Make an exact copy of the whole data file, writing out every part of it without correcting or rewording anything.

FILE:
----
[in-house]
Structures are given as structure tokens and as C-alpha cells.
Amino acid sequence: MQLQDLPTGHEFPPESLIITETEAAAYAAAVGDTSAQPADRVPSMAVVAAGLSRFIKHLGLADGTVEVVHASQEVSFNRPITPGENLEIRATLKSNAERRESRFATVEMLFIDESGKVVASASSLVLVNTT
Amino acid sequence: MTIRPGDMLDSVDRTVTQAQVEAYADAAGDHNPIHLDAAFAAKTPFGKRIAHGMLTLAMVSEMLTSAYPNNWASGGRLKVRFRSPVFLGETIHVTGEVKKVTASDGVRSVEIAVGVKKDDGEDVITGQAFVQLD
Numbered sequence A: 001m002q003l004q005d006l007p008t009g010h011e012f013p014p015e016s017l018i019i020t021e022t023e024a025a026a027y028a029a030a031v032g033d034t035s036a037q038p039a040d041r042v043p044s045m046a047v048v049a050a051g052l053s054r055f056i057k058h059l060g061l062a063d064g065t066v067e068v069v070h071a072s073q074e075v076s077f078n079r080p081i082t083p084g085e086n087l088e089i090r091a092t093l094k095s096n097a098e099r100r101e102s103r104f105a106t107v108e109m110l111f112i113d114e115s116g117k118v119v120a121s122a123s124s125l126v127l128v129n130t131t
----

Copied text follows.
[in-house]
Structures are given as structure tokens and as C-alpha cells.
Amino acid sequence: MQLQDLPTGHEFPPESLIITETEAAAYAAAVGDTSAQPADRVPSMAVVAAGLSRFIKHLGLADGTVEVVHASQEVSFNRPITPGENLEIRATLKSNAERRESRFATVEMLFIDESGKVVASASSLVLVNTT
Amino acid sequence: MTIRPGDMLDSVDRTVTQAQVEAYADAAGDHNPIHLDAAFAAKTPFGKRIAHGMLTLAMVSEMLTSAYPNNWASGGRLKVRFRSPVFLGETIHVTGEVKKVTASDGVRSVEIAVGVKKDDGEDVITGQAFVQLD
Numbered sequence A: 001m002q003l004q005d006l007p008t009g010h011e012f013p014p015e016s017l018i019i020t021e022t023e024a025a026a027y028a029a030a031v032g033d034t035s036a037q038p039a040d041r042v043p044s045m046a047v048v049a050a051g052l053s054r055f056i057k058h059l060g061l062a063d064g065t066v067e068v069v070h071a072s073q074e075v076s077f078n079r080p081i082t083p084g085e086n087l088e089i090r091a092t093l094k095s096n097a098e099r100r101e102s103r104f105a106t107v108e109m110l111f112i113d114e115s116g117k118v119v120a121s122a123s124s125l126v127l128v129n130t131t